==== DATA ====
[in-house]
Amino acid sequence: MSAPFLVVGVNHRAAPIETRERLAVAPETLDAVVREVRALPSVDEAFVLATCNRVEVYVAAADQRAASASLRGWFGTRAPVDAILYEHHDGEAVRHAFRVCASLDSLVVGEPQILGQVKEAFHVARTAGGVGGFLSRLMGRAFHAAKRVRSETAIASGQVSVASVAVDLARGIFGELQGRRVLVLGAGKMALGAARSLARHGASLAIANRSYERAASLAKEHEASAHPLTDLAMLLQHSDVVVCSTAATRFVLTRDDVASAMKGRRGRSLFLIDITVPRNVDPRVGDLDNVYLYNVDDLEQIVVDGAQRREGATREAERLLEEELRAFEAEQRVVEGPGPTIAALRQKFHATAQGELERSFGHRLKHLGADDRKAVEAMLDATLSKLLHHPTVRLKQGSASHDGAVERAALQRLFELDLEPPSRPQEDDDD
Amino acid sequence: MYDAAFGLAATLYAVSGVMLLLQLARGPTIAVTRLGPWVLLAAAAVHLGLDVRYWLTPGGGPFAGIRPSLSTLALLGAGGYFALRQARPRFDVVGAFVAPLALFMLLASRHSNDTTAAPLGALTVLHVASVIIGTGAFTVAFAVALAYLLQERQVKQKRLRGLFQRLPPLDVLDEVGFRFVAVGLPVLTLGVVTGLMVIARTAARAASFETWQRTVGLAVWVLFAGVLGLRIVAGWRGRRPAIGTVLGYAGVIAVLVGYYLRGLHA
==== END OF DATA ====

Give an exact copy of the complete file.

[in-house]
Amino acid sequence: MSAPFLVVGVNHRAAPIETRERLAVAPETLDAVVREVRALPSVDEAFVLATCNRVEVYVAAADQRAASASLRGWFGTRAPVDAILYEHHDGEAVRHAFRVCASLDSLVVGEPQILGQVKEAFHVARTAGGVGGFLSRLMGRAFHAAKRVRSETAIASGQVSVASVAVDLARGIFGELQGRRVLVLGAGKMALGAARSLARHGASLAIANRSYERAASLAKEHEASAHPLTDLAMLLQHSDVVVCSTAATRFVLTRDDVASAMKGRRGRSLFLIDITVPRNVDPRVGDLDNVYLYNVDDLEQIVVDGAQRREGATREAERLLEEELRAFEAEQRVVEGPGPTIAALRQKFHATAQGELERSFGHRLKHLGADDRKAVEAMLDATLSKLLHHPTVRLKQGSASHDGAVERAALQRLFELDLEPPSRPQEDDDD
Amino acid sequence: MYDAAFGLAATLYAVSGVMLLLQLARGPTIAVTRLGPWVLLAAAAVHLGLDVRYWLTPGGGPFAGIRPSLSTLALLGAGGYFALRQARPRFDVVGAFVAPLALFMLLASRHSNDTTAAPLGALTVLHVASVIIGTGAFTVAFAVALAYLLQERQVKQKRLRGLFQRLPPLDVLDEVGFRFVAVGLPVLTLGVVTGLMVIARTAARAASFETWQRTVGLAVWVLFAGVLGLRIVAGWRGRRPAIGTVLGYAGVIAVLVGYYLRGLHA